Akbar (1556-1605) , Best Mughal Emperor

Babur's grandson, Akbar, was the greatest Mughal emperor, expanding the Empire, integrating the Hindus, and reforming the government The chief builder of the Mughal empire was Babur’s grandson Akbar. During his long reign, from 1556 to 1605, he created a strong central government, earning the title Akbar the Great.Akbar was a leader of unusual abilities. Although a Muslim, he won the support of Hindu subjects through his policy of toleration. He opened government jobs to Hindus of all castes and treated Hindu princes as his partners in ruling the vast empire. He ended the tax on non-Muslims and himself married a Hindu princess. Akbar could not read or write, but he consulted leaders of many faiths, including Muslims, Hindus, Buddhists, and Christians. Like the early Indian leader Asoka, he hoped to promote religious harmony through toleration.
By recognizing India’s diversity, Akbar placed Mughal power on a firm footing. Akbar strengthened his empire in other ways as well. To improve government, he used paid officials in place of hereditary officeholders. He modernized the army, encouraged international trade, standardized weights and measures, and introduced land reforms. Adapted Islam to non-Muslims Religious toleration Zoroastrianism, Buddhism, Christianity Jesuits “Divine Faith”.At age 13, Akbar was forced upon the throne and immediately faced threats from Mughal enemies…he defeated them easily! Akbar was not a a drunkard like his grandfather nor clumsy like his father…he became a wise and strong administrator…he reconciled with the Hindus in the kingdom, preaching tolerance…he encouraged intermarriage between Hindus and Muslims…abolished the jizya…promoted Hindus into high ranking positions in government…created a new religion, Din-i-Ilahi, a combination of Islam and Hinduism Akbar also instituted several key reforms for Indian society, most notable of those were driven to improve the status of women…he prohibited sati, encouraged a widow to remarry, and setup special market days for women secluded by purdah Unfortunately, when Akbar died in 1605, most of his reforms and his religion, died with him.
Akbar had an inquisitive mind, and he turned to the ulama, established a religious assembly hall to hold discussions about Islam. After much consideration Akbar began to believe that no single region including Islam ,held all the answers. Developed his own faith call Din Ilahi. Din Ilahi was a mixture of the other religions Akbar had studied from those debates. Religion never caught on .He encouraged art and architecture.Good fighter but believed in diplomacy – picture with Jesuits at court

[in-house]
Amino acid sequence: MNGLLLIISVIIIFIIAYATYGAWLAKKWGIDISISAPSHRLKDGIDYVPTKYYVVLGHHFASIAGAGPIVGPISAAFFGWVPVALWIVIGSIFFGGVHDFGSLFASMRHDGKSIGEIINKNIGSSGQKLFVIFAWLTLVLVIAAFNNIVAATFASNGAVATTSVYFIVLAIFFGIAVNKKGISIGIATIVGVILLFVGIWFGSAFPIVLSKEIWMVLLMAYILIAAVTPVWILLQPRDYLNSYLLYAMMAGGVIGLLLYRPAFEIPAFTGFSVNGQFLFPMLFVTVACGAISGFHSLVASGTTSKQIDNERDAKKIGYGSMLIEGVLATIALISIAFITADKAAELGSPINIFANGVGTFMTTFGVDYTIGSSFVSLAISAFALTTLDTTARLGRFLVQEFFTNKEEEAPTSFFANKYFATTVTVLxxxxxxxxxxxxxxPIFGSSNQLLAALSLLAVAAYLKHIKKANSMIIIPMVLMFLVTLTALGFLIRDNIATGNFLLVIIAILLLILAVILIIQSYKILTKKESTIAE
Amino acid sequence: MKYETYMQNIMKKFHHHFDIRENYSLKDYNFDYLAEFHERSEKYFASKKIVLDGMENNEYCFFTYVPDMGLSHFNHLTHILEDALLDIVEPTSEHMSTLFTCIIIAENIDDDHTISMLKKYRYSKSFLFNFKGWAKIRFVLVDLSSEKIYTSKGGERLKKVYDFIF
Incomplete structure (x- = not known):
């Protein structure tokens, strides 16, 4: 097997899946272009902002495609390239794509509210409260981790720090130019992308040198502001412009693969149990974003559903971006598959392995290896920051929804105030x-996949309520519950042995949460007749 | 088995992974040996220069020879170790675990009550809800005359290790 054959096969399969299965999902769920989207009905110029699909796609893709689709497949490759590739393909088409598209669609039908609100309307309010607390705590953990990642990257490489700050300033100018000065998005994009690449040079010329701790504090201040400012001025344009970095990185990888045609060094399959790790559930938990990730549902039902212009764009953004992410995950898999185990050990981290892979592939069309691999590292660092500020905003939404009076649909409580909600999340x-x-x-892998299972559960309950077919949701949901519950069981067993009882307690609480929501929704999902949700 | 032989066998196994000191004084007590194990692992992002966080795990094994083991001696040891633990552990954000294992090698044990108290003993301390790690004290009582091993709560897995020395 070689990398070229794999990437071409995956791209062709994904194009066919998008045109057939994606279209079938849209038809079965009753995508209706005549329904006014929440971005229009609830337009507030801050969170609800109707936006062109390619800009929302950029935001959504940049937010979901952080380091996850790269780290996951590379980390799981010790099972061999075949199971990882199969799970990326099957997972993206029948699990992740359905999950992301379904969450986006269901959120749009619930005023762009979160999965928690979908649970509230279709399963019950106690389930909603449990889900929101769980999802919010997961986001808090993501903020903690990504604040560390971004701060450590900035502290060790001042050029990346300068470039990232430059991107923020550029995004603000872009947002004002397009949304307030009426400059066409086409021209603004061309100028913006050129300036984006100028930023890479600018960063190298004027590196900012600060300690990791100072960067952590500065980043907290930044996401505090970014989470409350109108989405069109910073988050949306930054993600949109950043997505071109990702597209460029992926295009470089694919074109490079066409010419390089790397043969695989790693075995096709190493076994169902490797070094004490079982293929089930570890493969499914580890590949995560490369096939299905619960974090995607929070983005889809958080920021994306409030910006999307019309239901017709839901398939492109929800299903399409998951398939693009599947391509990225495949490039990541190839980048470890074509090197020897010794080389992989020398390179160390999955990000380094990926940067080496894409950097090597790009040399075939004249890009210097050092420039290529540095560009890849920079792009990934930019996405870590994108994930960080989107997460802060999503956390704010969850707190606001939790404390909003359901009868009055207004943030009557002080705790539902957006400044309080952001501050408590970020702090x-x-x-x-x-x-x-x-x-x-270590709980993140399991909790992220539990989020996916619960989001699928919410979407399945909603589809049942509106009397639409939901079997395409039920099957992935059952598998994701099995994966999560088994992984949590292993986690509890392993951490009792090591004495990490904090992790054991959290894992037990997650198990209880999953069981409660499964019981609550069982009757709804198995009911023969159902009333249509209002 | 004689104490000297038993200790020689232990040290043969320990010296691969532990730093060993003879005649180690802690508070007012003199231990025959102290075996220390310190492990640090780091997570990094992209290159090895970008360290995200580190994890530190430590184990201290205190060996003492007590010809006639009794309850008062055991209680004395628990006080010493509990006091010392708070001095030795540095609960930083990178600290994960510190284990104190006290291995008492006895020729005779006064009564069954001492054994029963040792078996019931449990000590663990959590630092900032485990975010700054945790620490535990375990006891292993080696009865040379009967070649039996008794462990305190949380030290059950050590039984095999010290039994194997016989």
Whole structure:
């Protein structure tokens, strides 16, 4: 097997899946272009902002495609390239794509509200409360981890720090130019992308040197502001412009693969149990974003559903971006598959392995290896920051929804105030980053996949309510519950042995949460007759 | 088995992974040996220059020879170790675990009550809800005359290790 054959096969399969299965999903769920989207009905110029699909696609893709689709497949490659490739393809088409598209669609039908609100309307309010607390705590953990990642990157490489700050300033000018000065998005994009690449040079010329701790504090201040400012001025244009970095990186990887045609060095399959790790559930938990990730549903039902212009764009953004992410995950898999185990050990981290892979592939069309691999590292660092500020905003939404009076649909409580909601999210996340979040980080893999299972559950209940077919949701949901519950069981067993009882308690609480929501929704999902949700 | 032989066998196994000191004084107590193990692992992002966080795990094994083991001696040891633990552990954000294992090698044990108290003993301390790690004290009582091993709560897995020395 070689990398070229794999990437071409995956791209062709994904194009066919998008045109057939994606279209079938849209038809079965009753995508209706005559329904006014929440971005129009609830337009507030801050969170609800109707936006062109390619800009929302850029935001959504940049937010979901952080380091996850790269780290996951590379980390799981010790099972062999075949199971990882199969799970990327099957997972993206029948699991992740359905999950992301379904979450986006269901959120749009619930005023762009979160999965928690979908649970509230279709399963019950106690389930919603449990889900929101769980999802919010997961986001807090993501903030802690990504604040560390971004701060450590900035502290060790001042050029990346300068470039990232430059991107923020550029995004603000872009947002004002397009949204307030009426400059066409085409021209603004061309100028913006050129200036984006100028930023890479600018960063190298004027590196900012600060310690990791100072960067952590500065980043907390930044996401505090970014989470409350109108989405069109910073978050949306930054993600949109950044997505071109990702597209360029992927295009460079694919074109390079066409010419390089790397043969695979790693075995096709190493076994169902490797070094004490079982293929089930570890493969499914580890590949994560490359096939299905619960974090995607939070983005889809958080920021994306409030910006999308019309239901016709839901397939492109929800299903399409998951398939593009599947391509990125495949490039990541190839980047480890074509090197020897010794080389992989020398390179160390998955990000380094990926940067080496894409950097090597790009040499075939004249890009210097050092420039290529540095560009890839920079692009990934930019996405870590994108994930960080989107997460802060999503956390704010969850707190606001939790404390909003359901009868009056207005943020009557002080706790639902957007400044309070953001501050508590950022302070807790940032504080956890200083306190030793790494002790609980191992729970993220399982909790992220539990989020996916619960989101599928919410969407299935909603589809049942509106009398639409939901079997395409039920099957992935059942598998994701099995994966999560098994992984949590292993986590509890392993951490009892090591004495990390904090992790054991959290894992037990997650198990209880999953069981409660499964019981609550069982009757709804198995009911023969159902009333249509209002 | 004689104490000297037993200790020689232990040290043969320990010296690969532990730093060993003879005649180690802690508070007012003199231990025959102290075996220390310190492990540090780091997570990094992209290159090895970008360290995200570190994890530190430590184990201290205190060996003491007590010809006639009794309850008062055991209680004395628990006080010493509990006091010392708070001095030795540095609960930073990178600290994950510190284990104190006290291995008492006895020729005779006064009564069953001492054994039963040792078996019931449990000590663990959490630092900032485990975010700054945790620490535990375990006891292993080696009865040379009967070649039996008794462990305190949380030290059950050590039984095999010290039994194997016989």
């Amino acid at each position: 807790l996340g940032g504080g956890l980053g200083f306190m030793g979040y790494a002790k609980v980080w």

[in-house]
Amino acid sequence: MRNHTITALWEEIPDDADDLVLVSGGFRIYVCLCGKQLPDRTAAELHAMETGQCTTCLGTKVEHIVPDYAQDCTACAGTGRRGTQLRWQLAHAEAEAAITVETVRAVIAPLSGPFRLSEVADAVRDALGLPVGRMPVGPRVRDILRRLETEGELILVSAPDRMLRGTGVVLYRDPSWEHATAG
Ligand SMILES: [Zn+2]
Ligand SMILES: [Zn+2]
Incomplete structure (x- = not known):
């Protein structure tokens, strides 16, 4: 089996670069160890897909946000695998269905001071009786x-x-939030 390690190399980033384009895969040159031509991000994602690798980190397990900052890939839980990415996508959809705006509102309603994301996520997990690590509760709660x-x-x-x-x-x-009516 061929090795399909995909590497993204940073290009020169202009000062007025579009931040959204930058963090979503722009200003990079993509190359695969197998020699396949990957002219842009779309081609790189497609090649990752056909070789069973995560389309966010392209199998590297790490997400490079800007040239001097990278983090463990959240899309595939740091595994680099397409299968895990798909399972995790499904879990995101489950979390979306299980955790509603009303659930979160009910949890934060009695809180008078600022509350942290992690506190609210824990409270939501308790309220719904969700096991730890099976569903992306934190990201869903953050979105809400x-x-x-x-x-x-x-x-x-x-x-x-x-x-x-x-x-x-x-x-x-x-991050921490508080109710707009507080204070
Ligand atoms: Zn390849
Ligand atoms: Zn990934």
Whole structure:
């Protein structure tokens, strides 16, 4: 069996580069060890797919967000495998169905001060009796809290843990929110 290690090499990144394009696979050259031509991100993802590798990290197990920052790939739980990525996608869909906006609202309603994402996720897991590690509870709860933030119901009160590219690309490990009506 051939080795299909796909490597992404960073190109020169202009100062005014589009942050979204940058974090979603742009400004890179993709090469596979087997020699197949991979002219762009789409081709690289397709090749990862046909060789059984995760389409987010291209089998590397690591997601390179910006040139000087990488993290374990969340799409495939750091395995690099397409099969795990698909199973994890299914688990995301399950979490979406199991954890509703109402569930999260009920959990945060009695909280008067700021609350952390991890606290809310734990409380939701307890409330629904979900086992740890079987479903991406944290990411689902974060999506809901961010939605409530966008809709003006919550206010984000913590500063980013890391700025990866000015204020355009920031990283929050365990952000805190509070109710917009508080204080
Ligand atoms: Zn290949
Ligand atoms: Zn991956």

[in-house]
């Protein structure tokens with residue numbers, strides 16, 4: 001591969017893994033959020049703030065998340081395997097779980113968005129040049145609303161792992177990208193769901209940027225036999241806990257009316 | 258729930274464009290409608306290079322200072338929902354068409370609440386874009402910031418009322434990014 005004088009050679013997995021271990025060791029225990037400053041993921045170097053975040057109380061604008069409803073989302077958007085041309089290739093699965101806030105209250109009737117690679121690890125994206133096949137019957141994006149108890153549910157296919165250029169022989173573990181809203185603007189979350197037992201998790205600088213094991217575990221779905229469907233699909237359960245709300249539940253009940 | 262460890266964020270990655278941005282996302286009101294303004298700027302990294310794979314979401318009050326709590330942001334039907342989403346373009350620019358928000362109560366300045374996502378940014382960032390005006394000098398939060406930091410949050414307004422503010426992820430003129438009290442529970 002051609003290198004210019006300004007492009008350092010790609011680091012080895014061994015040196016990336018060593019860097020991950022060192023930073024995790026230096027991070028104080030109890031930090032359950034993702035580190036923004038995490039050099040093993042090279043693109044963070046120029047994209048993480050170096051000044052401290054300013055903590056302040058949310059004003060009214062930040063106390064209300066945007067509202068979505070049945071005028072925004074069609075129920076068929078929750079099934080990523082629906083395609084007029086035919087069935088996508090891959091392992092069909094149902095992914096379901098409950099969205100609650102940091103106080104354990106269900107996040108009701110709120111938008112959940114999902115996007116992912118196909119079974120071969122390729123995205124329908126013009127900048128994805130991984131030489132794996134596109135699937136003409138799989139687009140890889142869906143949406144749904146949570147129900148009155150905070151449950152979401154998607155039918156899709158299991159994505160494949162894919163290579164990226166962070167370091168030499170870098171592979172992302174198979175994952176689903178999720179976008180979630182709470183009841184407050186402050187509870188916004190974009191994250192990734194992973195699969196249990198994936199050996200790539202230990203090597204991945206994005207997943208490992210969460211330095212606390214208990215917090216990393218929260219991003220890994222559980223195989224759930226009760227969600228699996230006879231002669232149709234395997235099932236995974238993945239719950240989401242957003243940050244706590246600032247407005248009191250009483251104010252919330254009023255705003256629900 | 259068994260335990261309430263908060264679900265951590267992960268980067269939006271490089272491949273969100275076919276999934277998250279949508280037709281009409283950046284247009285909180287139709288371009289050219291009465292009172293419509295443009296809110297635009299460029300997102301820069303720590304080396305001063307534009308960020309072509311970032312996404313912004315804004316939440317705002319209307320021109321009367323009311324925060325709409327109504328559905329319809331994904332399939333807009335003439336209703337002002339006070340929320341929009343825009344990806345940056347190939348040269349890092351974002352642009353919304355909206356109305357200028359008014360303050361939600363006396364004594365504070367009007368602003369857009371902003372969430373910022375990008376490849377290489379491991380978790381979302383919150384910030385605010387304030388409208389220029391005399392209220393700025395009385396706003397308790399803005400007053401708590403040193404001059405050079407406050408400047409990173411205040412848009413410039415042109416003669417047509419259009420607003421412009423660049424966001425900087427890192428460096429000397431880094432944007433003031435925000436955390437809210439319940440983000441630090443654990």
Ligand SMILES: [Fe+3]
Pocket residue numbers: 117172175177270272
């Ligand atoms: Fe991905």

Tolerated and encouraged toleration of Hindus.
Historical Date Of India
Sikh maharaja Ranjit Singh establisheses the Sikh kingdom in Punjab, Kashmir and Jammu with political capital in Lahore and religious capital in Amritsar
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Britain takes Delhi from the Marathas .
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Britain annexe kingdom of Kandy and unifies the whole of Ceylon and begins ferrying Tamil workers from India
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Nepal becomes a British protectorat.
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Britain annexes Sikh kingdom of Punjab
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the British build the first Indian railway
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Bengali soldiers launch "Indian Mutiny", the first war of independence
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power on the Indian colony is transferred to the British government
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Bahadur Shah II dies, the Mughal dynasty ends and India becomes a British colony .
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IndianNational Congress is founded
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Gandhi moves to South Africa
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British troops occupy Tibet
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Akbar become the new Mughal ruler at the age of 14. Regent and his mother ruled in his name for 4 years Akbar was an ambitious and noble commander Built the largest army ever in the empire. Helped to conquer nearly all of modern-day northern India and Pakistan. Great administrator developed a centralized government It delegated 15 provinces each under a governor and each province into districts and each district was further sub-divided into smaller sections. Best known for tolerance of his subjects (especially Hindus) Removed poll taxes on Hindus Invited religious scholars to debate him in his private chambers.